(ATLANTA) — An Atlanta billboard promoting a product to beat police breathalyzer tests is riling nearby residents.
The product, called the Breathalyzer Equalizer, promises to prevent false positive breathalyzer results by eliminating residual alcohol from the mouth.
“You can blow over the legal limit on a roadside police breathalyzer just by having a little Scope, Listerine, breath spray-type things in your mouth when you get stopped,” company co-founder Ron Lloyd, a former state trooper, says in a YouTube demonstration, adding that the product “doesn’t do anything to help someone who is truly intoxicated.”
A few squirts of breath spray can bring a breathalyzer reading up to 0.181 percent — more than double the legal limit of 0.08 percent alcohol, according to Lloyd’s video. But Breathalyzer Equalizer powder brings the reading down to 0.021 percent.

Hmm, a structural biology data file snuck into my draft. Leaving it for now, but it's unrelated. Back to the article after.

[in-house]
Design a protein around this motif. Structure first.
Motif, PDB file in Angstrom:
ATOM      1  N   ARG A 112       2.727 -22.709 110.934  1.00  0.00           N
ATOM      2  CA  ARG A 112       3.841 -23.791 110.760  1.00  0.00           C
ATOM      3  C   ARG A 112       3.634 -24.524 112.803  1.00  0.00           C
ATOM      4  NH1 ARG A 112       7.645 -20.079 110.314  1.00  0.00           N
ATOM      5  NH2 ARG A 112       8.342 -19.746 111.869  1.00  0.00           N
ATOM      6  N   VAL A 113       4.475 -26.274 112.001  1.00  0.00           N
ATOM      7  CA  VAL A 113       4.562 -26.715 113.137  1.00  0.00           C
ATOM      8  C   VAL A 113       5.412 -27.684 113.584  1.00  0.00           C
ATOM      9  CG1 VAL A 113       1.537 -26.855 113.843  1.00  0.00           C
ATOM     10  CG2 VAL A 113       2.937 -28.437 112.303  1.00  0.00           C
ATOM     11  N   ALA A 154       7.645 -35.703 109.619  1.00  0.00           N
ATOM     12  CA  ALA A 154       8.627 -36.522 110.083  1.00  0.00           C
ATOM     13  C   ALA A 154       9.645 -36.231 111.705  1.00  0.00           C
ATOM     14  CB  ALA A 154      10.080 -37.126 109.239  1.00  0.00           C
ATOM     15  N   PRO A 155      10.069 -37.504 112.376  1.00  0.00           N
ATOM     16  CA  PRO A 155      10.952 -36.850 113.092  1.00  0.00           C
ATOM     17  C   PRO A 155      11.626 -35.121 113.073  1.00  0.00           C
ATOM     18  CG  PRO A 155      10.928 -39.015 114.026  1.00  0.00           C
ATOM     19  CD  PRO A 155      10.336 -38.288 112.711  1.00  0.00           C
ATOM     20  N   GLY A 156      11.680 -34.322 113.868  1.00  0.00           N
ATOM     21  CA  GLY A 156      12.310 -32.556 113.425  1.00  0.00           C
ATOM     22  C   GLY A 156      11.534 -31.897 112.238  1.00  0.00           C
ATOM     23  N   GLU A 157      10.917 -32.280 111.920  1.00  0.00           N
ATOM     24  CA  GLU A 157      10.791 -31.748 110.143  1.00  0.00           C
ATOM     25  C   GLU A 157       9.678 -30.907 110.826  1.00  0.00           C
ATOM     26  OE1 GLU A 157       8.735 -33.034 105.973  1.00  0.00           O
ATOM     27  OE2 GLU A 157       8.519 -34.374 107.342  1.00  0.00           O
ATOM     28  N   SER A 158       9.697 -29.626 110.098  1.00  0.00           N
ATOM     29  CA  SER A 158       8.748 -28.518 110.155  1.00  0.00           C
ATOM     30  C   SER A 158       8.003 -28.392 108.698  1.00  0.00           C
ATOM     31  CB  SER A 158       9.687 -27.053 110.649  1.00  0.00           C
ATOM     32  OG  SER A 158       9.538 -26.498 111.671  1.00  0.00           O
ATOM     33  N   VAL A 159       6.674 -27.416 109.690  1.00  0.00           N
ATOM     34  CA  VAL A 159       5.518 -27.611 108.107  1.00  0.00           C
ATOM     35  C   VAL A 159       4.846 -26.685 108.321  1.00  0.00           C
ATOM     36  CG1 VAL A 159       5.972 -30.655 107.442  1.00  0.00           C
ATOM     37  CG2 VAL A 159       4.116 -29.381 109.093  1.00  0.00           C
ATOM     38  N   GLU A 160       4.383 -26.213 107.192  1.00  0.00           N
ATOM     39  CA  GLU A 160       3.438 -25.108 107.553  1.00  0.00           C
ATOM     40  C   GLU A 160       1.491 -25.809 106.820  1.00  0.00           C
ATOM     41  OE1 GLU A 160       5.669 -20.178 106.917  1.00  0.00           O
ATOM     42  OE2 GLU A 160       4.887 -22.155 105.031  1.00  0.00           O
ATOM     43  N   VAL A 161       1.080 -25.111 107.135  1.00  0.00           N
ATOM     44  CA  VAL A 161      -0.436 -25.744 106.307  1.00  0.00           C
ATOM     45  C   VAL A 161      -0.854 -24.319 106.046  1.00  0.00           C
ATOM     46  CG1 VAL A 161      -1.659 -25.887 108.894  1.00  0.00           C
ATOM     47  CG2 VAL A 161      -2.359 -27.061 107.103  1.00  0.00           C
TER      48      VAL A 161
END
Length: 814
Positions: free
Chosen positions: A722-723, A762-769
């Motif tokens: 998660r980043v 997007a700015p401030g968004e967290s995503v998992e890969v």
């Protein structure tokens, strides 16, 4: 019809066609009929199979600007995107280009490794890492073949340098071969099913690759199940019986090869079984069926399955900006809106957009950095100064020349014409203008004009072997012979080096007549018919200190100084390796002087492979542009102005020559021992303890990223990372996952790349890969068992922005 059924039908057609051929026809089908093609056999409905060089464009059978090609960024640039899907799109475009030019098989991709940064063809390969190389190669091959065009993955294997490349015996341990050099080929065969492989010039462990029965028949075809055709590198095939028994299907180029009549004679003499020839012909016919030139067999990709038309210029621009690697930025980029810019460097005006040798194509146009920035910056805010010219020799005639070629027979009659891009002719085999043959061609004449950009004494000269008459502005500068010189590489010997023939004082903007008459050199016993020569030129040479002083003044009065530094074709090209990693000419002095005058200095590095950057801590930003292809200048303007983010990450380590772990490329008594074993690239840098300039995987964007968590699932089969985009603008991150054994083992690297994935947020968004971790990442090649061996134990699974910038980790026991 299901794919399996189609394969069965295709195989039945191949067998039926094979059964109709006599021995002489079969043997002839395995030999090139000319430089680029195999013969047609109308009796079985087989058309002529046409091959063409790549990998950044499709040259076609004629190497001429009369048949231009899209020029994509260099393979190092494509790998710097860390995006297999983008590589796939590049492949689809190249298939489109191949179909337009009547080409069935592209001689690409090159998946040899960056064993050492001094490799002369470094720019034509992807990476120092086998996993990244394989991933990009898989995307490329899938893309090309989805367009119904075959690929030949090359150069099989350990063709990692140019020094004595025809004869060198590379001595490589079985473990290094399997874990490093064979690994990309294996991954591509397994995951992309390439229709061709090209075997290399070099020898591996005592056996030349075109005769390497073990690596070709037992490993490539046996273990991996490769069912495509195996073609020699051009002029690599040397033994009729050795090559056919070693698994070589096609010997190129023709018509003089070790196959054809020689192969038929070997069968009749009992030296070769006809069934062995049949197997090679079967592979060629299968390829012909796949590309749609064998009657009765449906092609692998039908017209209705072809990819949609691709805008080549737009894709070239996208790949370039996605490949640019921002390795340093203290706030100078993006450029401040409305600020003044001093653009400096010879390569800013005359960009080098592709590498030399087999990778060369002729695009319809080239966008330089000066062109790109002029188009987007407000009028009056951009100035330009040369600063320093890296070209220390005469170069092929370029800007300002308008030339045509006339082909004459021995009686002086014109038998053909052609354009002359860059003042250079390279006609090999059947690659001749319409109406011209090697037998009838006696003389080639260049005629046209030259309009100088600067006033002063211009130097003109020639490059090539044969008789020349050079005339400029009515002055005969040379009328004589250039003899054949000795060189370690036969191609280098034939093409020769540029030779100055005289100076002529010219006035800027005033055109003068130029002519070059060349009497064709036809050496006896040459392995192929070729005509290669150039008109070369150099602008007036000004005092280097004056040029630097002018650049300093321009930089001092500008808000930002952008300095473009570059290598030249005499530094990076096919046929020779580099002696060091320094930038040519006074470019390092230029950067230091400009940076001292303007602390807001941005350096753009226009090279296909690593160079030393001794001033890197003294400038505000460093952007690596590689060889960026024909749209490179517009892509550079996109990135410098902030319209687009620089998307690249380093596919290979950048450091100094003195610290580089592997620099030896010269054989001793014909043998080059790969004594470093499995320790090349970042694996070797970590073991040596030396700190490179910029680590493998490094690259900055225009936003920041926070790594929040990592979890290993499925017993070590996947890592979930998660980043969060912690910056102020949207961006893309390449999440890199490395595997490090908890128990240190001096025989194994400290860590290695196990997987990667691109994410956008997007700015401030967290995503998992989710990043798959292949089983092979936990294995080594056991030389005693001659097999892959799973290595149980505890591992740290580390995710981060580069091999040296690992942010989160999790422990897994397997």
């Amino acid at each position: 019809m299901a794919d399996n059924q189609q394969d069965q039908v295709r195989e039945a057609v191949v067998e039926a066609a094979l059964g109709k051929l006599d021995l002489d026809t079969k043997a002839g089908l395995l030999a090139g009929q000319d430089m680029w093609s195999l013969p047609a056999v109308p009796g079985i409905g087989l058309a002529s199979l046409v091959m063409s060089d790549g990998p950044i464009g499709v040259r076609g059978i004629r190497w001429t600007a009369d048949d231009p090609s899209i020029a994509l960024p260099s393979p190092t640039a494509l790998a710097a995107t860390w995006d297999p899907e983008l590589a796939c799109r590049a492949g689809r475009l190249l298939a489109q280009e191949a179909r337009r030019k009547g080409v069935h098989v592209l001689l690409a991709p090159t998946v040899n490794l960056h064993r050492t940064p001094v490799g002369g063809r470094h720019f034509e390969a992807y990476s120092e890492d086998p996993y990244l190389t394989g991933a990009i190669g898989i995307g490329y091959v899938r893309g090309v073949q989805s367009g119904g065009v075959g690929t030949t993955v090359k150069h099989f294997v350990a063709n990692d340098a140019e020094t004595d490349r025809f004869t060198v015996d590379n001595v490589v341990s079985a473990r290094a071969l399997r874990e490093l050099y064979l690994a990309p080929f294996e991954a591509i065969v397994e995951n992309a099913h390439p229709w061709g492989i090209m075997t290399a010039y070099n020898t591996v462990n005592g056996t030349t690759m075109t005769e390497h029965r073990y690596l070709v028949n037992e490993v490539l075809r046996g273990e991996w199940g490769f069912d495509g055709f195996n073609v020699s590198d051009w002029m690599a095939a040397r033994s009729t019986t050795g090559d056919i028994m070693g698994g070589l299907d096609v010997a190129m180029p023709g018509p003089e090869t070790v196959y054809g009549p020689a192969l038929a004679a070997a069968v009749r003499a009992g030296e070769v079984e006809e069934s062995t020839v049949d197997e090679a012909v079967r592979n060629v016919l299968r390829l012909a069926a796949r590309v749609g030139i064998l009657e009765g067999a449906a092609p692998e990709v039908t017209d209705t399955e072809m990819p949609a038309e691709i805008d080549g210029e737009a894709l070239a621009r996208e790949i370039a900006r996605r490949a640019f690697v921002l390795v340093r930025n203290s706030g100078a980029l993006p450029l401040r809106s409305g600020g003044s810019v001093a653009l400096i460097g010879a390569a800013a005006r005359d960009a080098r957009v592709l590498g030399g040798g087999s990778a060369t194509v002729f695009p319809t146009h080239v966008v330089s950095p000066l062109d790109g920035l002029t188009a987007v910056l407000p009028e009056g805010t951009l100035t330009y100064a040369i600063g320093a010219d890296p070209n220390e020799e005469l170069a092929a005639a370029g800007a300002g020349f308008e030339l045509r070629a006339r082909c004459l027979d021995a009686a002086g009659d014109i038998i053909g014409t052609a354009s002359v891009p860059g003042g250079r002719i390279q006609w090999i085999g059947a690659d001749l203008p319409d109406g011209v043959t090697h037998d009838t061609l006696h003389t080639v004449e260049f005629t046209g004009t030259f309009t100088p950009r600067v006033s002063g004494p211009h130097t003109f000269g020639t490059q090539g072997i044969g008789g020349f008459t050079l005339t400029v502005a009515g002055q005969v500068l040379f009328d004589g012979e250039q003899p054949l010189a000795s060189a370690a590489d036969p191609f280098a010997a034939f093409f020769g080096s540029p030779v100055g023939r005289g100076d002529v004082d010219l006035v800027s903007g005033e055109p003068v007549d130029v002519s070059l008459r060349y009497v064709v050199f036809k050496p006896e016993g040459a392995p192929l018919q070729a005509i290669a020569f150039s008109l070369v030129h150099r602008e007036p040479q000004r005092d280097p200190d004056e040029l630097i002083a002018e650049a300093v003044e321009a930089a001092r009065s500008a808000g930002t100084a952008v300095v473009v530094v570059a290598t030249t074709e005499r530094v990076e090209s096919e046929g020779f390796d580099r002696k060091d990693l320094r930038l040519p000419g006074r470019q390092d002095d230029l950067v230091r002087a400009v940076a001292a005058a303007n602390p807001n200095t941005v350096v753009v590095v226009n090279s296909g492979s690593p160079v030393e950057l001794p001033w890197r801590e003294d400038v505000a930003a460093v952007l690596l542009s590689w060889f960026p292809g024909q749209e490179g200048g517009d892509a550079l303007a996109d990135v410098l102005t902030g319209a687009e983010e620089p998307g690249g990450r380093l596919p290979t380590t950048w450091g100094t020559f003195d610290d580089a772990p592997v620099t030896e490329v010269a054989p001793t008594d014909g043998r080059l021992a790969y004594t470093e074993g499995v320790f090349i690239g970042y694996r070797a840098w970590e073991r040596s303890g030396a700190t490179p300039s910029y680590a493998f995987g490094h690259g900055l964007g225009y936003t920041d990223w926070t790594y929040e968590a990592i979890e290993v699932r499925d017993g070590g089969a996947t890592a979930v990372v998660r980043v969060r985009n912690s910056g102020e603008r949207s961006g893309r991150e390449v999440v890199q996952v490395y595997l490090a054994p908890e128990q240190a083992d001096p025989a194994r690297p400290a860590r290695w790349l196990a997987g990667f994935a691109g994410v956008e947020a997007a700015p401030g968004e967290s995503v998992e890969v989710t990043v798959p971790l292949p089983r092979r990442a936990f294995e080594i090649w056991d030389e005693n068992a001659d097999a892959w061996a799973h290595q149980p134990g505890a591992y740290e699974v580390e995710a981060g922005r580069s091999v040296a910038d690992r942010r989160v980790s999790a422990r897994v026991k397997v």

“All it does is improve the accuracy of roadside breath testing for responsible, sober, drinking drivers and prevent those types of people from being falsely accused of DUI,” Lloyd says.
But residents of the Atlanta neighborhood below the Breathalyzer Equalizer billboard worry it could encourage people to drive under the influence, thinking they can get away with it.
“You are putting drunks on the road,” said Barry Martin, an Atlanta resident and executive director of Georgia’s Mothers Against Drunk Driving, in an interview with ABC affiliate WSB-TV.
Even though the billboard reads “Sober Drivers Only,” and “Please Drink Responsibly,” a martini glass embedded in the word “Breathalyzer” could give drinkers the wrong idea, said Martin.
“That false sense of hope could lead to an accident,” he told WSB-TV. “That accident could kill somebody.”
A spokesman for Breathalyzer Equalizer, Paul Broft, insists the product is not intended to promote drunk driving, but rather to protect people from life-ruining false positive breathalyzer tests.
“What we are doing is protecting lives and careers,” Broft told WSB-TV. “There’s absolutely nothing out there that will sober you up other than time.”
Copyright 2012 ABC News Radio
David Goldman, CNN
Brianna Owczarzak and Rachel McCrary, CNN